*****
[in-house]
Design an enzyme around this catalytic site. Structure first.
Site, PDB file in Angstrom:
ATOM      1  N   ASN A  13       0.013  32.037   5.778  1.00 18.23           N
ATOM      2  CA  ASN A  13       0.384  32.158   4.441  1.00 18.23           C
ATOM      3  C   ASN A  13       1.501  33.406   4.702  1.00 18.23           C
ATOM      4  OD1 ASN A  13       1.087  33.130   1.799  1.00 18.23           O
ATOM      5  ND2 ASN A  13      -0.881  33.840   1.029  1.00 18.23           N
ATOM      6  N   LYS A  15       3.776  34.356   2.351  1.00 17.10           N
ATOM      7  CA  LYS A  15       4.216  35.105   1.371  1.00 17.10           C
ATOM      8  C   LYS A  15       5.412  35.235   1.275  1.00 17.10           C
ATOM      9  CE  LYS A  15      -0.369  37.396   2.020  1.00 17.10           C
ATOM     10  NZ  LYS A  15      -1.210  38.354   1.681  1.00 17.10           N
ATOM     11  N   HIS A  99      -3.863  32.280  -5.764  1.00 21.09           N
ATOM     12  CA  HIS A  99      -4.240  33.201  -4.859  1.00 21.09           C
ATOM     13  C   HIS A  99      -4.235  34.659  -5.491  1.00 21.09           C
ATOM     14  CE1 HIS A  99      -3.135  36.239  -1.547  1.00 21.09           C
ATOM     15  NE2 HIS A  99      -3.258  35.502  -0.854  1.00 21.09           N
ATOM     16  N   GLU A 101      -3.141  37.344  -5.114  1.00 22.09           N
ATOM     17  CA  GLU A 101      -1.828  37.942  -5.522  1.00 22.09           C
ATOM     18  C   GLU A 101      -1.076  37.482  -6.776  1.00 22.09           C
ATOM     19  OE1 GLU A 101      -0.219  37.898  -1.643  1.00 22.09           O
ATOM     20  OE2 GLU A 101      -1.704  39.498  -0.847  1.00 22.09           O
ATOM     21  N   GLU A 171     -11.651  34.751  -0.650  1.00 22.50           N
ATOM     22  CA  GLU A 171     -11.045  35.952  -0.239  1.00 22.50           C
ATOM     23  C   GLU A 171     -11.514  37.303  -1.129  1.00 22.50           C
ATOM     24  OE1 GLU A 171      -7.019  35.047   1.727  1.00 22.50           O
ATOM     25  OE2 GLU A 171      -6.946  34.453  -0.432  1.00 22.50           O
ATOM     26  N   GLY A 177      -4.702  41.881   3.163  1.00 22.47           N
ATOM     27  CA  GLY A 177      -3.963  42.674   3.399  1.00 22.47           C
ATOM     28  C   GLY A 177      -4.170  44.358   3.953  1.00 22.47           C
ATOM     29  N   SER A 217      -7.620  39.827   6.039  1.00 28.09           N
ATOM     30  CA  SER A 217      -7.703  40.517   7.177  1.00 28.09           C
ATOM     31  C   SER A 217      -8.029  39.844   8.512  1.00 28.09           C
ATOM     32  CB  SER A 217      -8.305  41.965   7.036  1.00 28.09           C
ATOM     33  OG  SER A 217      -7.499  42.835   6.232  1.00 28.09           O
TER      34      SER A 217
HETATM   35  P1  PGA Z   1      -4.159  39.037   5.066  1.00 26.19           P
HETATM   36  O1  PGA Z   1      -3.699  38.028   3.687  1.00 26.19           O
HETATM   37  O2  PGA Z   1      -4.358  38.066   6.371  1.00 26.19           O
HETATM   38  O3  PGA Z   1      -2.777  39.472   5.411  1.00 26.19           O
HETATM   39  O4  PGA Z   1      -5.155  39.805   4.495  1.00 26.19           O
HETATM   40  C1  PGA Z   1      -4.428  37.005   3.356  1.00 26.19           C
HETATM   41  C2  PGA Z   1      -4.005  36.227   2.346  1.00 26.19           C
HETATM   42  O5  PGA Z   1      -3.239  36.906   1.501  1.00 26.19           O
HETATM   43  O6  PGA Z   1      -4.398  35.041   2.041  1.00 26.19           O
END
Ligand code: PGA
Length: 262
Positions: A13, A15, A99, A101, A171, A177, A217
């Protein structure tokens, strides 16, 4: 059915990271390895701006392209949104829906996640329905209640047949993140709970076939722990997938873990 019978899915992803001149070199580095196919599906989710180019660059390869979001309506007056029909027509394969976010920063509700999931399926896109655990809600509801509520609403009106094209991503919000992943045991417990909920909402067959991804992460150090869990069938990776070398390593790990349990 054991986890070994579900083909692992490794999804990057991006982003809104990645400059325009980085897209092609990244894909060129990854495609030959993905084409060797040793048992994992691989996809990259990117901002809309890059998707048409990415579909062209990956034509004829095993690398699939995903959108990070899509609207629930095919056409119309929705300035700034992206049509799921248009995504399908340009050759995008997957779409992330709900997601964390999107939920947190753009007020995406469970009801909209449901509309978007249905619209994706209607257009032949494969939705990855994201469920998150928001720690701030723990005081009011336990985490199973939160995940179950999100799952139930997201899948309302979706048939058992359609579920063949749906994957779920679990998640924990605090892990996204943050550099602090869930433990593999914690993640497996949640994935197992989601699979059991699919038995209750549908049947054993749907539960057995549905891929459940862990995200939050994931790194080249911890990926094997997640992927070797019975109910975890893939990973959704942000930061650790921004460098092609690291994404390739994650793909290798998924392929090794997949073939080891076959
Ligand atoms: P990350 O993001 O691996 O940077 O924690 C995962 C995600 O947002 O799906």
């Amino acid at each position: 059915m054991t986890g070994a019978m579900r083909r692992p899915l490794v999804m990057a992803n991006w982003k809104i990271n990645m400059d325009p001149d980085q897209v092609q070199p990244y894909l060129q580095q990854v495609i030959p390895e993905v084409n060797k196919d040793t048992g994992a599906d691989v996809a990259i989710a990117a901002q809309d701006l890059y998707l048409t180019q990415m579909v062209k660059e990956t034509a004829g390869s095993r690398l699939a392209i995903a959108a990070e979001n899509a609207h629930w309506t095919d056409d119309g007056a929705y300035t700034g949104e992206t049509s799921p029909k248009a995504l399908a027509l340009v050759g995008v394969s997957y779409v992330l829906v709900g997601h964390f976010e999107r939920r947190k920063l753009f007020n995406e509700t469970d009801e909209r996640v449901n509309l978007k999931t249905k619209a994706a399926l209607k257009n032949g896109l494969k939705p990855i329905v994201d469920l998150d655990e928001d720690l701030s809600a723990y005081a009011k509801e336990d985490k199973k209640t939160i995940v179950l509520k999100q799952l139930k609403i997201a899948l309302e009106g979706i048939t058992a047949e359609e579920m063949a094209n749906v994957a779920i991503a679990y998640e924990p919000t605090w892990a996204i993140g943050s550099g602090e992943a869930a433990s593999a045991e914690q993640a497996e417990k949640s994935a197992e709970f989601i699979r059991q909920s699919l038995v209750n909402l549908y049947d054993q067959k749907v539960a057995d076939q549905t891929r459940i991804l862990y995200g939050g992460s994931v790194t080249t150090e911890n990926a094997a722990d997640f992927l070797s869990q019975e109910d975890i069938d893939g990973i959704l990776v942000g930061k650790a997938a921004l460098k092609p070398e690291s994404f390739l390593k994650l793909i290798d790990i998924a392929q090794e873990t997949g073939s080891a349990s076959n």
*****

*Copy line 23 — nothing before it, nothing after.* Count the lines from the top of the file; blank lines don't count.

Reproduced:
ATOM     20  OE2 GLU A 101      -1.704  39.498  -0.847  1.00 22.09           O